I was born in 1973 in Peterborough and lived there until I was 20, attending The King's School in the city. I then began a rather nomadic existence, living and working all over the country and various parts of the world.

I found myself returning to Peterborough many times over the years, usually when things had gone wrong. It was on one of these occasions that I met my partner about 100 metres from my back door whilst walking a dog. Two children swiftly followed. I'm still a little stunned by the pace of it now.

Fifty Years of Fear book was started a long time ago but parenthood and then after working in sales management all my life, i randomly spent four years as a prison officer. Ironically it was the four a.m. feed which gave me the opportunity to finish the book as unable to get back to sleep I completed it in the early morning hours.

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Just a thought -

I love the way that each book—any book—is its own journey. You open it, and off you go….
― Sharon Creech

Fatal Promise

Another absolute belter from Angie Marsons.


Amazon UK link

Amazon US link

Book description

When the body of a doctor is discovered brutally murdered in local woodland, Detective Kim Stone is shocked to discover the victim is Gordon Cordell – a man linked to a previous case she worked on involving the death of a young school girl. Gordon has a chequered past, but who would want him dead?

As the investigation gets underway, Gordon’s son is involved in a horrific car crash which leaves him fighting for his life. Kim's sure this was no accident. 

Then the body of a woman is found dead in suspicious circumstances and Kim makes a disturbing link between the victims and Russells Hall Hospital. The same hospital where Gordon worked.

With Kim and her team still grieving the loss of one of their own, they’re at their weakest and facing one of the most dangerous serial killers they’ve ever encountered. Everything is on the line. Can Kim keep her squad together and find the killer before he claims his next victim?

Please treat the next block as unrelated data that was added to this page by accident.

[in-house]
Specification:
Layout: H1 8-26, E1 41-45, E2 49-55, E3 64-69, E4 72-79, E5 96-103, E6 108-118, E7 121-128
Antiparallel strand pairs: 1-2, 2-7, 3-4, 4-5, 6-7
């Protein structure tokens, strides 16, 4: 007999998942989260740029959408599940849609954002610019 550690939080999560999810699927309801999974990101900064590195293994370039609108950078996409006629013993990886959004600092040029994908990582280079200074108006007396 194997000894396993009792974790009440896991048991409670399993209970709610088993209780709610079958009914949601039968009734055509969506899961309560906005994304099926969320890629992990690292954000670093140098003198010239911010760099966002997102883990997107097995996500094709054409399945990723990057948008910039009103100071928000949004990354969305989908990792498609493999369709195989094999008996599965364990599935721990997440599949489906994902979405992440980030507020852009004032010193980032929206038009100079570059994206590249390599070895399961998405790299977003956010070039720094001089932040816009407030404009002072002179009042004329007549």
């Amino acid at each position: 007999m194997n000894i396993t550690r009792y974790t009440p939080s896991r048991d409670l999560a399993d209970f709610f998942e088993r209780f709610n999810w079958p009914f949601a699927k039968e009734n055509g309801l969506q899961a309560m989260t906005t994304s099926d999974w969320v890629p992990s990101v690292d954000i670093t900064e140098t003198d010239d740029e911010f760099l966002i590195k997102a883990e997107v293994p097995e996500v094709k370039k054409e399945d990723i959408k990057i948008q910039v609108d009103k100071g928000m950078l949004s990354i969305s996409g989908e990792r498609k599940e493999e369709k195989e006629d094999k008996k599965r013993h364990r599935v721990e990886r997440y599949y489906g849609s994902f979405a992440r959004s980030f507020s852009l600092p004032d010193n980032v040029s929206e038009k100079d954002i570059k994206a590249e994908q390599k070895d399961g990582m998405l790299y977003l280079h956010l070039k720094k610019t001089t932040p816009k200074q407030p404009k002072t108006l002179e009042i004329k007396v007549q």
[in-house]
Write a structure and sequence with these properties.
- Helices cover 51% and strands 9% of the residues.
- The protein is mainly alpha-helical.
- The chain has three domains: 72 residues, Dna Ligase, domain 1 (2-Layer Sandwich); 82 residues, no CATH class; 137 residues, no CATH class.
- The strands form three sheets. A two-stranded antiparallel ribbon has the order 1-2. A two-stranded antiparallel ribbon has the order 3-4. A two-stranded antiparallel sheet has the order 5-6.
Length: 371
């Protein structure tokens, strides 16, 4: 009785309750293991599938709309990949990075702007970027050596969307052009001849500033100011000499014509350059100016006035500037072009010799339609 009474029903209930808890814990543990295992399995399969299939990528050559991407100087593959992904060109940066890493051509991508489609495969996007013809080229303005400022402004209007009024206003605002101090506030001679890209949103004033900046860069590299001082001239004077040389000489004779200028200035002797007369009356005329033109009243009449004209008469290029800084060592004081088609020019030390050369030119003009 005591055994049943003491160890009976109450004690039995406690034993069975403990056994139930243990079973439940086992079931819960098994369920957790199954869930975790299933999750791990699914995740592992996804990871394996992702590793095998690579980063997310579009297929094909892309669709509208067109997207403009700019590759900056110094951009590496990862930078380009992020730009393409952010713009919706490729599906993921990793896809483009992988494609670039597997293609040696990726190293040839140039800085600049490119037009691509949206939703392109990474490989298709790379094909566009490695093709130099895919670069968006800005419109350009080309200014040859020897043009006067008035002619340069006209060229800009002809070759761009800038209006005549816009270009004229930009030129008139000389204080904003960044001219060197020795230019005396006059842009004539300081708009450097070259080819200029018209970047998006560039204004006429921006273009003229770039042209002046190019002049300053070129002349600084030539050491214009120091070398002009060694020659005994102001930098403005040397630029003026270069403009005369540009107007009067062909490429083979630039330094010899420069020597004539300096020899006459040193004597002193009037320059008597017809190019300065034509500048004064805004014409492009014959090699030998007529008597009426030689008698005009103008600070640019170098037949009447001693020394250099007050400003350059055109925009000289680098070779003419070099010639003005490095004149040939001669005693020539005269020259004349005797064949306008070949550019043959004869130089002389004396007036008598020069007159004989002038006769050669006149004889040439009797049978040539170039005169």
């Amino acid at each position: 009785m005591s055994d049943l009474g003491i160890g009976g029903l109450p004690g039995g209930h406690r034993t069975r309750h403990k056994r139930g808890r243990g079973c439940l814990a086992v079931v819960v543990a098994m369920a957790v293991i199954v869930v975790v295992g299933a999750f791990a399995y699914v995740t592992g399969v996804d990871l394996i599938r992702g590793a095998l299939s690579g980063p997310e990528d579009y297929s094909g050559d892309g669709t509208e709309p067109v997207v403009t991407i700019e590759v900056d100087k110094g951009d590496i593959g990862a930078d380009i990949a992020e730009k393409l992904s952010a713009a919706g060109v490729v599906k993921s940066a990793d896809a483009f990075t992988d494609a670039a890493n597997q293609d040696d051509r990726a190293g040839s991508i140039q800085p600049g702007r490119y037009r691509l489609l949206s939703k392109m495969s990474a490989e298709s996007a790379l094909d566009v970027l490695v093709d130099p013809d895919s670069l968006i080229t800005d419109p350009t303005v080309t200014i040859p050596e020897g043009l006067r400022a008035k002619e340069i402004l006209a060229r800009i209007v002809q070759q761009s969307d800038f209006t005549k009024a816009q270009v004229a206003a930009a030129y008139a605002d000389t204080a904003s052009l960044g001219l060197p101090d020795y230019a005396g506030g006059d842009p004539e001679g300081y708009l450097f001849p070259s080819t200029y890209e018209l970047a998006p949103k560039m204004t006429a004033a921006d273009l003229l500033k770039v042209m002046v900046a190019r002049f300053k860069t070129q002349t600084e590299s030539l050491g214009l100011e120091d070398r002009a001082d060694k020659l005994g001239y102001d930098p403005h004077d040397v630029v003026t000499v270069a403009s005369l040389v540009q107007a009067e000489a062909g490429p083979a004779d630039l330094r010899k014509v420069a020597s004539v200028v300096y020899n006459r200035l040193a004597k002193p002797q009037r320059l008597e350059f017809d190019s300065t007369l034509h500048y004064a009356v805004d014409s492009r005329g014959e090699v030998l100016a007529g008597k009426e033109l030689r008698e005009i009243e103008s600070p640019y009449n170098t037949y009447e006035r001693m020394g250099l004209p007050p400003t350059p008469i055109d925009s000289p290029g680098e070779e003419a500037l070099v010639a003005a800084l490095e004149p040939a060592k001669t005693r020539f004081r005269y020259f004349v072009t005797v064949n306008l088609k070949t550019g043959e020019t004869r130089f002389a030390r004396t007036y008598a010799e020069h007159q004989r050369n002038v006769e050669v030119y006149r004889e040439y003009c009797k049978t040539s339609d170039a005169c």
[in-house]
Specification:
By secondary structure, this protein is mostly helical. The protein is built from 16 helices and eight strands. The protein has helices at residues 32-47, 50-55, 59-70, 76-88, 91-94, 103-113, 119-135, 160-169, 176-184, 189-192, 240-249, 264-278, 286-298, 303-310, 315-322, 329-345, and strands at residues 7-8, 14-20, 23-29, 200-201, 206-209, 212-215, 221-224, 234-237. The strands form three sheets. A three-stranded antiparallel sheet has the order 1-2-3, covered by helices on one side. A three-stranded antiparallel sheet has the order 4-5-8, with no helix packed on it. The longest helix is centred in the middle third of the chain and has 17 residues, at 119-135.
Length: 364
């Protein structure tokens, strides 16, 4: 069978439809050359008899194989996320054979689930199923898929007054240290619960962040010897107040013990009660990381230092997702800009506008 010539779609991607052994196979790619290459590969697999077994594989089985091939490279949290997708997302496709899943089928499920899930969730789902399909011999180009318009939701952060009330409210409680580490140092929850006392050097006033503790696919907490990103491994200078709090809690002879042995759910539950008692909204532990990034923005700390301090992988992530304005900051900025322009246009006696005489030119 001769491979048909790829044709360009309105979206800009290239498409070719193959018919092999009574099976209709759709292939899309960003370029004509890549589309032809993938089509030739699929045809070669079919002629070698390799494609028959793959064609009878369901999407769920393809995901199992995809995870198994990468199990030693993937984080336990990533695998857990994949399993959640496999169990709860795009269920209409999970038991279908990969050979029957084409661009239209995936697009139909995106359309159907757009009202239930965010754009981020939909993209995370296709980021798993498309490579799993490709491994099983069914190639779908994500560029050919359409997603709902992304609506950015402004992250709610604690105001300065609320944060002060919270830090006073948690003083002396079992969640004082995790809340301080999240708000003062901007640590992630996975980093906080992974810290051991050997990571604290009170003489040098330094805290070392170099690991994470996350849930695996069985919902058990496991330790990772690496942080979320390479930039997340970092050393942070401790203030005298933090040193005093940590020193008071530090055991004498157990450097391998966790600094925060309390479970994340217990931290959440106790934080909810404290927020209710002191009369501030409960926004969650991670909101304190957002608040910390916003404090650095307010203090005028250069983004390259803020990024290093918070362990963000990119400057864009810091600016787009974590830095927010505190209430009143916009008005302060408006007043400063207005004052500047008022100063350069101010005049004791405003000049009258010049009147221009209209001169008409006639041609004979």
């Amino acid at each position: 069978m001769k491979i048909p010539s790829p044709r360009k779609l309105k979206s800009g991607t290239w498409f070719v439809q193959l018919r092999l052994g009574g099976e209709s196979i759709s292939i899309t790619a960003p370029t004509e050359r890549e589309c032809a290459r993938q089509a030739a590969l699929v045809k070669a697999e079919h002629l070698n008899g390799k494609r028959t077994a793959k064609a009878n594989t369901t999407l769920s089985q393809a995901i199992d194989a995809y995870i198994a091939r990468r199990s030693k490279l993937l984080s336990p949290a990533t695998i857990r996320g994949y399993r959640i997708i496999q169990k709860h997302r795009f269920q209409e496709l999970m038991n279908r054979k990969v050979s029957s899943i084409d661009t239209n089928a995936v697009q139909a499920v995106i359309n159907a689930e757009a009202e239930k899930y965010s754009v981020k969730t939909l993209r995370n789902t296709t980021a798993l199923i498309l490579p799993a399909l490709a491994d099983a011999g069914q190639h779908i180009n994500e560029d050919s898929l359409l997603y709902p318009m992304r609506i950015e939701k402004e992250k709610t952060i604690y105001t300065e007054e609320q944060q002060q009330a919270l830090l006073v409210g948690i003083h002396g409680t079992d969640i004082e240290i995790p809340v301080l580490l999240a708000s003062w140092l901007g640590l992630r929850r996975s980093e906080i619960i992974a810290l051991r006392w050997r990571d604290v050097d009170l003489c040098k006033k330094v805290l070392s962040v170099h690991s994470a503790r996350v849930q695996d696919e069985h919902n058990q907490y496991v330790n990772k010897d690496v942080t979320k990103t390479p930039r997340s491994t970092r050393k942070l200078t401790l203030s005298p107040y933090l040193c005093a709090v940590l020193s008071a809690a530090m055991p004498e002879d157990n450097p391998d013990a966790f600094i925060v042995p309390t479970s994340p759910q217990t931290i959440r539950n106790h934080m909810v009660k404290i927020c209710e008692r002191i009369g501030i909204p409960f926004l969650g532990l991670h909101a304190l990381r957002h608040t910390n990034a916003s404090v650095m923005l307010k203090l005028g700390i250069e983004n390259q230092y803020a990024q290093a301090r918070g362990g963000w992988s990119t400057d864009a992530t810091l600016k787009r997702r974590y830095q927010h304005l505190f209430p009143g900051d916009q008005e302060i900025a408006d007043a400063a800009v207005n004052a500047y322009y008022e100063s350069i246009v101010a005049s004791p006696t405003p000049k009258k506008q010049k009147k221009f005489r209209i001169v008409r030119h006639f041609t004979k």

The killer is picking off his victims at a terrifying pace, and he’s not finished yet. 

My review - 

This book leans upon the previous story and the changes it meant for Kim and her team. A doctor is brutally murdered – and he was part of the story of Dying Truth. More bodies follow and the team, still trying to get to grips with a past they can’t recover, work punishing hours, even though Kim is still suffering from an injury. The story is entwined with one of a missing girl and they run in parallel, as cases must in real life. There are plenty of heart-stopping moments. Angela Marson’s stories never get stale. This is a belter.

About the author -

Angela Marsons is the Wall Street Journal and USA Today bestselling author of the DI Kim Stone series and her books have sold more than 3 million in 3 years.

She lives in the Black Country with her partner, their cheeky Golden Retriever and a swearing parrot.

She first discovered her love of writing at Junior School when actual lessons came second to watching other people and quietly making up her own stories about them. Her report card invariably read "Angela would do well if she minded her own business as well as she minds other people's".

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Just a thought 
Which of us has not felt that the character we are reading in the printed page is more real than the person standing beside us? ― Cornelia Funke

Jim Webster

Two reviews of recently read Port Naain stories. I feel totally at home there!

First, Swimming for Profit and Pleasure


Amazon UK link

Amazon US link

Book description

Benor learns a new trade, joins the second hand book trade, attempts to rescue a friend and awakens a terror from the deep. Meddling in the affairs of mages is unwise, even if they have been assumed to be dead for centuries.


My review - 


Benor Dorfinngil learns new skills in this story. He sets out to help a friend and he definitely gets into deep water. I always enjoy these little tales which sometimes take a surprising turn. If you’ve not read any before I think you could just dive straight in. So to speak.